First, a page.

Science, teaching and mentorship earn Gasparich dean’s position

Former Fisher College of Science and Mathematics Associate Dean Gail Gasparich has always been a powerhouse.

“I can still hear her fast-paced heels clicking down the hallway before she would
enter the lab,” said April Marcangeli ’12, who studied with Gasparich while earning
her master’s degree in biology and molecular ecology. “She seemed to do everything
at that pace.”

Now Gasparich is taking that energy to Salem State University as dean of the College
of Arts and Sciences.

Part of Towson University’s faculty for 20 years, Gasparich has taught a wide range
of undergraduate, graduate, and honors courses. She’s also been a firm supporter of
student research, mentoring seven M.S. graduates like Marcangeli, and more than 70
undergraduates. Many of her 45 peer-reviewed journal articles were co-authored by
TU students. Gasparich has also guided 10 high school students.

“She was, and still is, a role model in terms of diligence, mentoring, and ability
to multitask efficiently,” said Dr. Mayokun Demehin, now a dentist in Baltimore. “It
not only helped me through Towson but through dental school, residency, and now in
my professional career.”

Gasparich, who joined TU in 1996, has also served as faculty athletics representative
and, most recently, as acting assistant provost.

“The impact she had in this office, the Fisher College of Science and Mathematics,
and Towson University will be sorely missed—along with her infectious laugh,” said
Vice Provost S. Maggie Reitz.

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The laugh was the lighter-hearted part of a woman who has led in science since the
beginning of her career, winning research and training grants totaling more than $4
million and garnering invitations for more than 100 talks and presentations on research,
STEM career paths, STEM diversity, and professional development.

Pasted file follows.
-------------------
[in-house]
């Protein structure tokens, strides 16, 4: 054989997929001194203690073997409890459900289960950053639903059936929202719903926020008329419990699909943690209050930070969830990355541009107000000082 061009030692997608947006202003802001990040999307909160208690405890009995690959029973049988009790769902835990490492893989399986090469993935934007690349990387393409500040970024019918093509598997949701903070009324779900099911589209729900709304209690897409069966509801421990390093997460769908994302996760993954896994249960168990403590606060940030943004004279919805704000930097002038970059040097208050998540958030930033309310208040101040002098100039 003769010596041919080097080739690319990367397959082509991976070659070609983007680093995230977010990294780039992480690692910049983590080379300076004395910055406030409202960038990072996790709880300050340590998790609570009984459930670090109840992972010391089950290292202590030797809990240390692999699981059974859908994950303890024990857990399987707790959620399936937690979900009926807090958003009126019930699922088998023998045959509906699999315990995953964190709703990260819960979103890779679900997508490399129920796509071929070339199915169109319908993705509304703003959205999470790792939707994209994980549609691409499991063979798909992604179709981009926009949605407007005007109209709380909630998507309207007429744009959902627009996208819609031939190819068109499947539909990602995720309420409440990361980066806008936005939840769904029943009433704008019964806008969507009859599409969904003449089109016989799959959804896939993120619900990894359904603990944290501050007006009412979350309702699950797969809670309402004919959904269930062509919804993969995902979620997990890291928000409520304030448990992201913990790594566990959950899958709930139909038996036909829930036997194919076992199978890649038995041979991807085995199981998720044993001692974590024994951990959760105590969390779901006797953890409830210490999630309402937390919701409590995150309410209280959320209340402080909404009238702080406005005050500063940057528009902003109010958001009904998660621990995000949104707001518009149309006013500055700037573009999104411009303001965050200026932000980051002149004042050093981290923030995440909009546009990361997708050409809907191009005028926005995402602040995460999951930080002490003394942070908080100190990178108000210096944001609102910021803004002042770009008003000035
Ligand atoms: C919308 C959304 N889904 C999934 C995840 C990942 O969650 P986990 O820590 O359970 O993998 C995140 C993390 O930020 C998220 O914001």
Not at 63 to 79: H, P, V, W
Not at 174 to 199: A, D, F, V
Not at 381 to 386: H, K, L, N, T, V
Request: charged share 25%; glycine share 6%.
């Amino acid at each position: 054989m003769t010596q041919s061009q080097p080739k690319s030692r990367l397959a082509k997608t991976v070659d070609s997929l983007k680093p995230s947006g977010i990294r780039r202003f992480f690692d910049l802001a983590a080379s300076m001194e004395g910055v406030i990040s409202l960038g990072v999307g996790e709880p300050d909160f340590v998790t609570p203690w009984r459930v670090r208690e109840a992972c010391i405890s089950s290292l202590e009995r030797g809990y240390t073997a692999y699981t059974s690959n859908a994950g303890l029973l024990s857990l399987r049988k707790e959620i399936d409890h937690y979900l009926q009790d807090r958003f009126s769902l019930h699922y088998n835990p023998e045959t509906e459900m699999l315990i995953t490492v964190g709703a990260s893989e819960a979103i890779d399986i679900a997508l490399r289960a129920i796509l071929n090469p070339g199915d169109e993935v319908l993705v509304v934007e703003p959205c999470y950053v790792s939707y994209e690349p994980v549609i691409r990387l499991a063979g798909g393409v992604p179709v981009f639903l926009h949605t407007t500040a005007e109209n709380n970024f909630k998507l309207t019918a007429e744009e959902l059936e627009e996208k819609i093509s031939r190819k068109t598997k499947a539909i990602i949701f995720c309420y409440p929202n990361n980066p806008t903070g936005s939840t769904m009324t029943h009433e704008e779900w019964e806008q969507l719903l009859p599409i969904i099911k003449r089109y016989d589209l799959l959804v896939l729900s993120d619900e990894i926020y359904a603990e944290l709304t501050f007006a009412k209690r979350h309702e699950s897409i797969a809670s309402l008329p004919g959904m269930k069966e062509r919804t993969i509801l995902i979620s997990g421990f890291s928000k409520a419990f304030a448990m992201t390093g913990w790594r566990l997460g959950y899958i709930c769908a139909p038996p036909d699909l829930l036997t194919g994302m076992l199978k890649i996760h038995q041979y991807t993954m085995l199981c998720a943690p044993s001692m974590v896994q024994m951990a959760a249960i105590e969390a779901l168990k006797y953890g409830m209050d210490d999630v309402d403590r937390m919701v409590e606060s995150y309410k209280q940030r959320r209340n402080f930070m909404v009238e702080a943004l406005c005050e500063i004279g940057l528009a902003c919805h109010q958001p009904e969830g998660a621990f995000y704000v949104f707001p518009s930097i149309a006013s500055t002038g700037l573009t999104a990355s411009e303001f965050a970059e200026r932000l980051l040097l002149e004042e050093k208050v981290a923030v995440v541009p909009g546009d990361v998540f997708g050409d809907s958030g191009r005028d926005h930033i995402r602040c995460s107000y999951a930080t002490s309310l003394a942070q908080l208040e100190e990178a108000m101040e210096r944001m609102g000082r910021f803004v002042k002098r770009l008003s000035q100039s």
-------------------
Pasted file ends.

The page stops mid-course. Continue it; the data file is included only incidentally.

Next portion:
Nationally and internationally, she has served on the national board of the Association
for Women in Science and as treasurer of the International Organization of Mycoplasmology.
She is a member of the diversity committee of Sigma Xi. She has also served as division
chair for the American Society of Microbiology. In 2013, she received the President’s
Diversity Award.

“Gail brought a level of enthusiasm to her work that is infectious,” said Provost
Timothy J. L. Chandler, “and her capacity for work is almost unlimited.”

Gasparich’s high-level achievements no doubt led her to her new position at Salem
State, but the combination of her scientific excellence and her mentorship strengths
are what stick with her former students.

“Dr. Gasparich became the greatest female role model and mentor I’ve ever had,” said
Marcangeli. “She always treated me like a colleague and respected my thoughts and
ideas. She was an advocate for good science, but I also knew she always had my back.”


Dr. Demehin agreed. “Next to my parents, she had a positive impact on me more than
anyone else.”

Gasparich credits TU for helping her grow as a teacher, scholar, mentor and administrator.
“I have only the fondest thoughts for my time as a member of the Towson University
community and wish only the best for TU in the future,” she said.

Gasparich plans to use her new position at Salem State to increase student success
and diversity, and to provide faculty development to enhance recruitment and retention. 

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